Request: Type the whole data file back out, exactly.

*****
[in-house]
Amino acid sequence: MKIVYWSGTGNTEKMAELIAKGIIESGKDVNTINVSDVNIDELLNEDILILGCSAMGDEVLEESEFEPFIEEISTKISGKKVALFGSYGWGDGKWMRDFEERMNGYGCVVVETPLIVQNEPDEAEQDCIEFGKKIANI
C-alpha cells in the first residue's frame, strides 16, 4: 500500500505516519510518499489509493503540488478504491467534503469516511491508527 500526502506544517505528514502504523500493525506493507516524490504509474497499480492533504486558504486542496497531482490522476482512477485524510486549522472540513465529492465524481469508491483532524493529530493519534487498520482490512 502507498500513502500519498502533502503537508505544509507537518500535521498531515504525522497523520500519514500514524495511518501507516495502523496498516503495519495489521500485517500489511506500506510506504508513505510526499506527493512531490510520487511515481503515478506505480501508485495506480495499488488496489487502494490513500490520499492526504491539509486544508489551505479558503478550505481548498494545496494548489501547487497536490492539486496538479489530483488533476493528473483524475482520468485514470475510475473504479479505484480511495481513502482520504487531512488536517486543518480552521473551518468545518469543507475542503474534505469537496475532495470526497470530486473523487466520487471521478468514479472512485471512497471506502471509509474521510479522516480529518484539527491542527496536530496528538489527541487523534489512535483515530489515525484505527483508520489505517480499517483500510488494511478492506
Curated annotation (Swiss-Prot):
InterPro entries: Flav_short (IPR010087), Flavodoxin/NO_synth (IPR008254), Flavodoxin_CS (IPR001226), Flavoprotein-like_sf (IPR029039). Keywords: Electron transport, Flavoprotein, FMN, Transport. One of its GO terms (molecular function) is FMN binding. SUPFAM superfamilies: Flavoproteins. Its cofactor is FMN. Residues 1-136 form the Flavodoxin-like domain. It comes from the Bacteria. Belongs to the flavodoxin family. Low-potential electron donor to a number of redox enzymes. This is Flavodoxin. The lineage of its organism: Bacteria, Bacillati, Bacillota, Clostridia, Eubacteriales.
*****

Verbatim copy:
[in-house]
Amino acid sequence: MKIVYWSGTGNTEKMAELIAKGIIESGKDVNTINVSDVNIDELLNEDILILGCSAMGDEVLEESEFEPFIEEISTKISGKKVALFGSYGWGDGKWMRDFEERMNGYGCVVVETPLIVQNEPDEAEQDCIEFGKKIANI
C-alpha cells in the first residue's frame, strides 16, 4: 500500500505516519510518499489509493503540488478504491467534503469516511491508527 500526502506544517505528514502504523500493525506493507516524490504509474497499480492533504486558504486542496497531482490522476482512477485524510486549522472540513465529492465524481469508491483532524493529530493519534487498520482490512 502507498500513502500519498502533502503537508505544509507537518500535521498531515504525522497523520500519514500514524495511518501507516495502523496498516503495519495489521500485517500489511506500506510506504508513505510526499506527493512531490510520487511515481503515478506505480501508485495506480495499488488496489487502494490513500490520499492526504491539509486544508489551505479558503478550505481548498494545496494548489501547487497536490492539486496538479489530483488533476493528473483524475482520468485514470475510475473504479479505484480511495481513502482520504487531512488536517486543518480552521473551518468545518469543507475542503474534505469537496475532495470526497470530486473523487466520487471521478468514479472512485471512497471506502471509509474521510479522516480529518484539527491542527496536530496528538489527541487523534489512535483515530489515525484505527483508520489505517480499517483500510488494511478492506
Curated annotation (Swiss-Prot):
InterPro entries: Flav_short (IPR010087), Flavodoxin/NO_synth (IPR008254), Flavodoxin_CS (IPR001226), Flavoprotein-like_sf (IPR029039). Keywords: Electron transport, Flavoprotein, FMN, Transport. One of its GO terms (molecular function) is FMN binding. SUPFAM superfamilies: Flavoproteins. Its cofactor is FMN. Residues 1-136 form the Flavodoxin-like domain. It comes from the Bacteria. Belongs to the flavodoxin family. Low-potential electron donor to a number of redox enzymes. This is Flavodoxin. The lineage of its organism: Bacteria, Bacillati, Bacillota, Clostridia, Eubacteriales.